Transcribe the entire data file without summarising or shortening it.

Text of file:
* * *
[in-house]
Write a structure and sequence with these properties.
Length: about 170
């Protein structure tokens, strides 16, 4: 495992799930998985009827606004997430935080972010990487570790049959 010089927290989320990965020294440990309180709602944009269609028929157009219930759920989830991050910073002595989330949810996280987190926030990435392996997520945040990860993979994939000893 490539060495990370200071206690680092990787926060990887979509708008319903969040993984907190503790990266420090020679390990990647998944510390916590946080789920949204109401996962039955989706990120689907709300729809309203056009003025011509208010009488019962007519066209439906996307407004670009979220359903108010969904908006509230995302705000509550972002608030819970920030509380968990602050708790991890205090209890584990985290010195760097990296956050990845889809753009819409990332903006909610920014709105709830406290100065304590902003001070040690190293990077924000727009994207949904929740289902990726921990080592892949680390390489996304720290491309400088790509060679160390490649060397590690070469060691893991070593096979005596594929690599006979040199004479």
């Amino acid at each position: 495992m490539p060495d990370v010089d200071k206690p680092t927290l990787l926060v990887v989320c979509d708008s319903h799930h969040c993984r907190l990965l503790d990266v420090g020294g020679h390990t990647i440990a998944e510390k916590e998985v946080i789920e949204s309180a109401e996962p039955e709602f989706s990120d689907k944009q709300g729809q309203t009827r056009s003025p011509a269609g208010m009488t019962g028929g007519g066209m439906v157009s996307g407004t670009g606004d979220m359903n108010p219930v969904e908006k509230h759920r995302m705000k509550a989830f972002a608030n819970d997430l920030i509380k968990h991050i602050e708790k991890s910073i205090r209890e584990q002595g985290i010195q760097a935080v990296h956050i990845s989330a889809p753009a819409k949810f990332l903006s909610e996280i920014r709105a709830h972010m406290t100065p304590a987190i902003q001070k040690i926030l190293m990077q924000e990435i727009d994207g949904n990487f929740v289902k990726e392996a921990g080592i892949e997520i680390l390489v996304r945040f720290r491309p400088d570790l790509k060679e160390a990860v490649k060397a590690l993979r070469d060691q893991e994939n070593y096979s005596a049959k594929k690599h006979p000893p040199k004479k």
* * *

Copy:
[in-house]
Write a structure and sequence with these properties.
Length: about 170
């Protein structure tokens, strides 16, 4: 495992799930998985009827606004997430935080972010990487570790049959 010089927290989320990965020294440990309180709602944009269609028929157009219930759920989830991050910073002595989330949810996280987190926030990435392996997520945040990860993979994939000893 490539060495990370200071206690680092990787926060990887979509708008319903969040993984907190503790990266420090020679390990990647998944510390916590946080789920949204109401996962039955989706990120689907709300729809309203056009003025011509208010009488019962007519066209439906996307407004670009979220359903108010969904908006509230995302705000509550972002608030819970920030509380968990602050708790991890205090209890584990985290010195760097990296956050990845889809753009819409990332903006909610920014709105709830406290100065304590902003001070040690190293990077924000727009994207949904929740289902990726921990080592892949680390390489996304720290491309400088790509060679160390490649060397590690070469060691893991070593096979005596594929690599006979040199004479």
């Amino acid at each position: 495992m490539p060495d990370v010089d200071k206690p680092t927290l990787l926060v990887v989320c979509d708008s319903h799930h969040c993984r907190l990965l503790d990266v420090g020294g020679h390990t990647i440990a998944e510390k916590e998985v946080i789920e949204s309180a109401e996962p039955e709602f989706s990120d689907k944009q709300g729809q309203t009827r056009s003025p011509a269609g208010m009488t019962g028929g007519g066209m439906v157009s996307g407004t670009g606004d979220m359903n108010p219930v969904e908006k509230h759920r995302m705000k509550a989830f972002a608030n819970d997430l920030i509380k968990h991050i602050e708790k991890s910073i205090r209890e584990q002595g985290i010195q760097a935080v990296h956050i990845s989330a889809p753009a819409k949810f990332l903006s909610e996280i920014r709105a709830h972010m406290t100065p304590a987190i902003q001070k040690i926030l190293m990077q924000e990435i727009d994207g949904n990487f929740v289902k990726e392996a921990g080592i892949e997520i680390l390489v996304r945040f720290r491309p400088d570790l790509k060679e160390a990860v490649k060397a590690l993979r070469d060691q893991e994939n070593y096979s005596a049959k594929k690599h006979p000893p040199k004479k």